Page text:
Women leaders receive Vital Voices Global Leadership Awards at Kennedy Center
For the first time in the 11-year history of the Vital Voices Global Leadership Awards, Hillary Clinton couldn’t make it.
A trip to Turkey kept the Secretary of State from attending the awards ceremony, held at the Kennedy Center’s Opera House on Wednesday evening, but it didn’t keep her from appearing on screen to deliver a taped greeting to the 2,000-plus guests and eight female honorees in the theater that night.Continue reading this post »
About ‘On Leadership’ at The Washington Post
At the Washington Post, our hope is that On Leadership will serve as an open and lively forum for a discussion of what makes for great leadership. Over the years, there have been many books written on the subject, and there are now a good number of academic programs and consulting firms that study and teach it. The world is also full of successful leaders who have developed their own sense of what works and what doesn’t. Our aim is to tap into that knowledge and experience and apply it, in real time, to an online conversation about real-world developments.
Discussions about leadership most often are conducted in the context of specific fields of endeavor — government and politics, business, the arts, education, the non-profit sector, sports and the military. At On Leadership, our mission is to break down the walls between silos by getting experts and readers with varying backgrounds and perspectives to address the same topics at the same time and at the same place.
To this end, the section features a number of content types, from our daily Post Leadership blog and biweekly video series to Q&As and guest op-eds. If you are interested in contributing to On Leadership, read our “Contributor guidelines and submission information” section below.Meet On Leadership:
Lillian Cunningham is the editor of On Leadership. She is also the interviewer for our video series and the long-form feature reporter for the section. She can be reached at email@example.com and on Twitter at @lily_cunningham.
Steven Pearlstein is a Pulitzer Prize-winning business and economics columnist for the Washington Post. He is the founder of On Leadership and a current adviser and contributor to the section. He can be reached at firstname.lastname@example.org.
Jena McGregor authors the Post Leadership blog, providing daily leadership analysis on issues, events and public figures currently in the news. She was formerly an editor of management content for BusinessWeek. She can be reached at email@example.com and on Twitter at @jenamcgregor.
We publish a select number of guest pieces and consider submissions on an ongoing basis.
Article length is flexible, but typically ranges between 500 and 1,000 words. We are particularly interested in two types of pieces: Those that offer timely analysis to advance the depth and thoughtfulness of a discussion in the news, or those that highlight new research in the fields of leadership, management and psychology.
We rarely publish op-ed pieces on company news or prescriptive pieces along the lines of “10 ways to be a better leader.” Instead, regardless of topic, we are interested in pieces that upend, challenge, surprise and enrich the way we think about ourselves and the world around us — and what it will take to lead both to a better place.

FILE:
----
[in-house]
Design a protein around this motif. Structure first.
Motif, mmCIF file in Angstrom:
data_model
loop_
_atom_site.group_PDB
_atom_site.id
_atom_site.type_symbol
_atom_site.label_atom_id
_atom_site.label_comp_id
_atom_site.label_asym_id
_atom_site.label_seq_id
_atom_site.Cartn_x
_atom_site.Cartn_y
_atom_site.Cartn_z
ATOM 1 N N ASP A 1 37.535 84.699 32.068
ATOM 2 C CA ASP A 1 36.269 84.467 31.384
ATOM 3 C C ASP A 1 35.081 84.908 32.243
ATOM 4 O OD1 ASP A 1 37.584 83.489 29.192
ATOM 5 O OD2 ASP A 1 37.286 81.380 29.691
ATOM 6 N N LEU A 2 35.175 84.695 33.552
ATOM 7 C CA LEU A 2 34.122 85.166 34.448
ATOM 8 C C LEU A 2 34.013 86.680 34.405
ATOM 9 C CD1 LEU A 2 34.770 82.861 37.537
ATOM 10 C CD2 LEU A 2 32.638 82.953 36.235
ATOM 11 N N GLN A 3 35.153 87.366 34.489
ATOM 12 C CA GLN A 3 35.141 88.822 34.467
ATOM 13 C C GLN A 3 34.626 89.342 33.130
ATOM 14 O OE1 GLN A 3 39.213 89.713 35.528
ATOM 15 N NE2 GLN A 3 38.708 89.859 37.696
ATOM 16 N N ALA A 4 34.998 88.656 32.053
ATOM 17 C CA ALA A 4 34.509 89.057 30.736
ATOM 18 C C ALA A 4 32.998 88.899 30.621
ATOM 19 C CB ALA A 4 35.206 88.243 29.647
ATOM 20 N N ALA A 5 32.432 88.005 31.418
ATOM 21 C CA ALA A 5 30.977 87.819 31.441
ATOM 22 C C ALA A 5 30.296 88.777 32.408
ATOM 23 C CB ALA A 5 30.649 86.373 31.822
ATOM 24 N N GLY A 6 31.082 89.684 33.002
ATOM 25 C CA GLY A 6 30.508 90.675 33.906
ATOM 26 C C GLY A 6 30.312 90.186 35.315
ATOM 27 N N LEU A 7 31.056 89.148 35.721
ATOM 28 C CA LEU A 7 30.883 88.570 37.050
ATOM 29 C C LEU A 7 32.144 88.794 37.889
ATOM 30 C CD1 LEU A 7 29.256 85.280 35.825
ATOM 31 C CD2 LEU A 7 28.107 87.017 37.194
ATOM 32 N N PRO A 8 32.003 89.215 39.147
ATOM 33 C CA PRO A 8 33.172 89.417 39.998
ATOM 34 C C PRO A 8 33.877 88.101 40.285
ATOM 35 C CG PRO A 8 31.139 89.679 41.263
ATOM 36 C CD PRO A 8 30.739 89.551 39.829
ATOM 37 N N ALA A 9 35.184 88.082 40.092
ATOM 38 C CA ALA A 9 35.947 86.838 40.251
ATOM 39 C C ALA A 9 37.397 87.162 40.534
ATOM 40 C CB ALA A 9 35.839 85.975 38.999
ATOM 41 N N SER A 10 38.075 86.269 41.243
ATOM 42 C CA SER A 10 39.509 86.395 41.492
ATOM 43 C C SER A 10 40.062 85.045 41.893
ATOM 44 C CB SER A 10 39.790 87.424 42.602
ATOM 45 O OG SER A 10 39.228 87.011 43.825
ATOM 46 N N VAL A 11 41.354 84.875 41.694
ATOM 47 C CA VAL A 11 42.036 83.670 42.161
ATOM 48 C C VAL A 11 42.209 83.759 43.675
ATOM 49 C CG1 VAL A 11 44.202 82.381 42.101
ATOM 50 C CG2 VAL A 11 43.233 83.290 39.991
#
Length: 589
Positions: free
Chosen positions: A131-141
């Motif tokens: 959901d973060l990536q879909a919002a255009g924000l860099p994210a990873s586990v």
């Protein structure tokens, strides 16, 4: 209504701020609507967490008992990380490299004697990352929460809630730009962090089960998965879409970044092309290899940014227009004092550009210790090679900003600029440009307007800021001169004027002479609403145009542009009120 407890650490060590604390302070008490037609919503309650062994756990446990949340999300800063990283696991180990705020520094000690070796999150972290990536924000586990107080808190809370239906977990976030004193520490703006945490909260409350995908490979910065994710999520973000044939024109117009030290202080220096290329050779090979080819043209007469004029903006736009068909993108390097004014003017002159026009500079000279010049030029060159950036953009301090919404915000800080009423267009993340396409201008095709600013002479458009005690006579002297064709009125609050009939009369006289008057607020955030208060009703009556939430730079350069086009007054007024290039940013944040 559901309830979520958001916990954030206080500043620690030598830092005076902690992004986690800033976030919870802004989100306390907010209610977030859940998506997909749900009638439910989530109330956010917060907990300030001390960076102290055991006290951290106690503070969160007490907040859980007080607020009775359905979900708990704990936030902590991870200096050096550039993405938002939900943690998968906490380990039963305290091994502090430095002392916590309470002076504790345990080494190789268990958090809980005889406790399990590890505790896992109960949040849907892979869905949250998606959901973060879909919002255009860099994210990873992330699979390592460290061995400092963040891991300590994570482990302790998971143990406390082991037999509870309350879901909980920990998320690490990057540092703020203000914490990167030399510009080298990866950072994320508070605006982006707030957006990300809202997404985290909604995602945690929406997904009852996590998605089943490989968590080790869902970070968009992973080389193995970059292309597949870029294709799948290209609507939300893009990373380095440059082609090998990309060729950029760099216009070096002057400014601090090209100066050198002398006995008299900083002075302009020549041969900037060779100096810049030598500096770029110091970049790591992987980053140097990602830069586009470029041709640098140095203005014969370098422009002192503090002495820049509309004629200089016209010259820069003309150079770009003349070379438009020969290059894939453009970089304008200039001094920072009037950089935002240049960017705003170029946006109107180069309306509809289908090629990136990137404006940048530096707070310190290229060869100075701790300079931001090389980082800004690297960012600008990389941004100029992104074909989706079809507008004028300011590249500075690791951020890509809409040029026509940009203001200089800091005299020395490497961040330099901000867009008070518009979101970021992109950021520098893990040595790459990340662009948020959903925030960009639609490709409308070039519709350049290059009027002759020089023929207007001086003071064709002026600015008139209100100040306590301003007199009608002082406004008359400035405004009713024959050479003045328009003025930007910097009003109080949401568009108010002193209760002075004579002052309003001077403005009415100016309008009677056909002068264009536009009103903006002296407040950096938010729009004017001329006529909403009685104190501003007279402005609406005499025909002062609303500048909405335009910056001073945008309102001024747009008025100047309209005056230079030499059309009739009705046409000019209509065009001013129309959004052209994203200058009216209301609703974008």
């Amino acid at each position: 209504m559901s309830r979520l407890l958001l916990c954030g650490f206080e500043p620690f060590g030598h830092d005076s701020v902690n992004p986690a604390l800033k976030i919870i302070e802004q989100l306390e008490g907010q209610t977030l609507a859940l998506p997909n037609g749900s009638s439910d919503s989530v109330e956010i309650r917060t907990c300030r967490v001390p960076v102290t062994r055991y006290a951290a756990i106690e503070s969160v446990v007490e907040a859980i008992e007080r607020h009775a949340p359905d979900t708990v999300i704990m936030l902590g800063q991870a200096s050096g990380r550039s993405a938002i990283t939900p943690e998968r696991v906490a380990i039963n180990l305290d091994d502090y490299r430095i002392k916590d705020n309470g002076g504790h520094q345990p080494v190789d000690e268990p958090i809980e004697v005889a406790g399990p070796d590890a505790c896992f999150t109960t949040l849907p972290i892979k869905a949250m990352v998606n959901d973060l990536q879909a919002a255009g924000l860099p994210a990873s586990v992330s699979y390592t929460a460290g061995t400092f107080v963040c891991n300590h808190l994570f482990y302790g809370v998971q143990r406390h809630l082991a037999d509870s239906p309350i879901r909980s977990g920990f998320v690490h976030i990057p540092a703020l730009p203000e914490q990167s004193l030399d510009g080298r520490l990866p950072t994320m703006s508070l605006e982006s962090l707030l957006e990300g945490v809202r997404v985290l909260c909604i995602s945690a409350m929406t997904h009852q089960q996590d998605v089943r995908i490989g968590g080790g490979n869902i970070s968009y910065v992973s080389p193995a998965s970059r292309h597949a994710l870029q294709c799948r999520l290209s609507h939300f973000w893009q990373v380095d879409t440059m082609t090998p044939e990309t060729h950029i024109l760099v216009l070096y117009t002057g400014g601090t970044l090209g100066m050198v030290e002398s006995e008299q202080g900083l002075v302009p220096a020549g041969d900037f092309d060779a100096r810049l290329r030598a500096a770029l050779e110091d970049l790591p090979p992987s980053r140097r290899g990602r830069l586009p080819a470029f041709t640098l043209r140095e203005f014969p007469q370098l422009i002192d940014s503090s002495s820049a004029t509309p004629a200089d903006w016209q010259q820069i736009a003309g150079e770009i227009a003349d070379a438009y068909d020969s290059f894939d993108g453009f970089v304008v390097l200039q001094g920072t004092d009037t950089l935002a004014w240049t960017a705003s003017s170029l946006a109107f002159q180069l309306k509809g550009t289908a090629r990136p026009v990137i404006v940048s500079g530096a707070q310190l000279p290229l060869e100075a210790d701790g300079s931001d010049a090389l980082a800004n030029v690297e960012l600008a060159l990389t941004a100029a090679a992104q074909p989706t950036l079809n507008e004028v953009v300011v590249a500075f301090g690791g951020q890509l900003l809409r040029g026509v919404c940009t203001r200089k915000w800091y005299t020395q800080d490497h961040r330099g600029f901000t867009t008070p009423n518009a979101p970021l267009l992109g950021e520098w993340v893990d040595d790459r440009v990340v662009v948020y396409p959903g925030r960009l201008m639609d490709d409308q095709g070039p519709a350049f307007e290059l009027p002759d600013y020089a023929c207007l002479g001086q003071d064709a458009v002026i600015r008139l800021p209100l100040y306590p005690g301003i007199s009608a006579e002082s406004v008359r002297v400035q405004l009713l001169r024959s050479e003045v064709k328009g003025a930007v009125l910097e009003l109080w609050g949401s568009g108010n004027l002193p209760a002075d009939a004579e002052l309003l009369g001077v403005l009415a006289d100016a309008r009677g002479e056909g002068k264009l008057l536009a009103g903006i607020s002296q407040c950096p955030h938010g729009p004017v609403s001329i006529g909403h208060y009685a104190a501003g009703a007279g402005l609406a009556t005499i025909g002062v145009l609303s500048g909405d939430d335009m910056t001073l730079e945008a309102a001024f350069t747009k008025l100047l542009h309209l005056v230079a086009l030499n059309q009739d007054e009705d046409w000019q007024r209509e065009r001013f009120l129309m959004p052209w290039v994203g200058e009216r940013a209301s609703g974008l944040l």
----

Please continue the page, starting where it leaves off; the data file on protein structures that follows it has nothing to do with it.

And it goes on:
Articles ideas and suggestions for topics or interview subjects can be sent for consideration to firstname.lastname@example.org. Op-ed proposals can either be full drafts or take the form of a short pitch. Due to the volume of submissions, we unfortunately are unable to respond to all queries.
Finally, we are always interested to learn more about what On Leadership readers think of our section. We welcome your feedback, ideas and questions — and we hope you’ll continue to engage with us on the On Leadership site, on Twitter and on Facebook.
Launched in December 2008, On Leadership is very much a work in progress. Let us know what you think of it or how you think it can be improved. Our hope is that you find it enlightening, engaging, challenging and unpredictable enough to become a regular part of your routine.
Dartmouth president Jim Yong Kim on leadership
President Obama announced Friday morning that he has picked Jim Yong Kim, the president of Dartmouth College, to lead the World Bank. His nomination of Kim comes a month after current head Robert Zoellick said he would be stepping down.
Kim is the first Asian American to serve as an Ivy League college president. He is also a public health leader whose “innovative work fighting the spread of AIDS and tuberculosis” caught the president’s attention.
While president of Dartmouth, Kim sat down for a video interview with the Washington Post about his leadership style and the lessons he has learned from his work in public health.Continue reading this post »
Leadership character: The role of reflection
This piece is the sixth installment in a six-part series on leadership character by West Point’s Col. Eric Kail.
Some say experience is what you get when you don’t get what you want. Perhaps. But I say experience is only as valuable as what we do with it.
Gaining wisdom from an experience requires reflection. In thinking back on the significant events of my life, experiences good and bad, it was the act of assigning meaning that has made all the difference for me. Reflection requires a type of introspection that goes beyond merely thinking, talking or complaining about our experiences. It is an effort to understand how the events of our life shape the way in which we see the world, ourselves and others. And it is essential for any leader.Continue reading this post »
Advice for a bad boss
This week we published the article “How to completely, utterly destroy an employee’s work life,” by Teresa Amabile and Steven Kramer. In no time, your workplace horror stories came flooding into the comments section.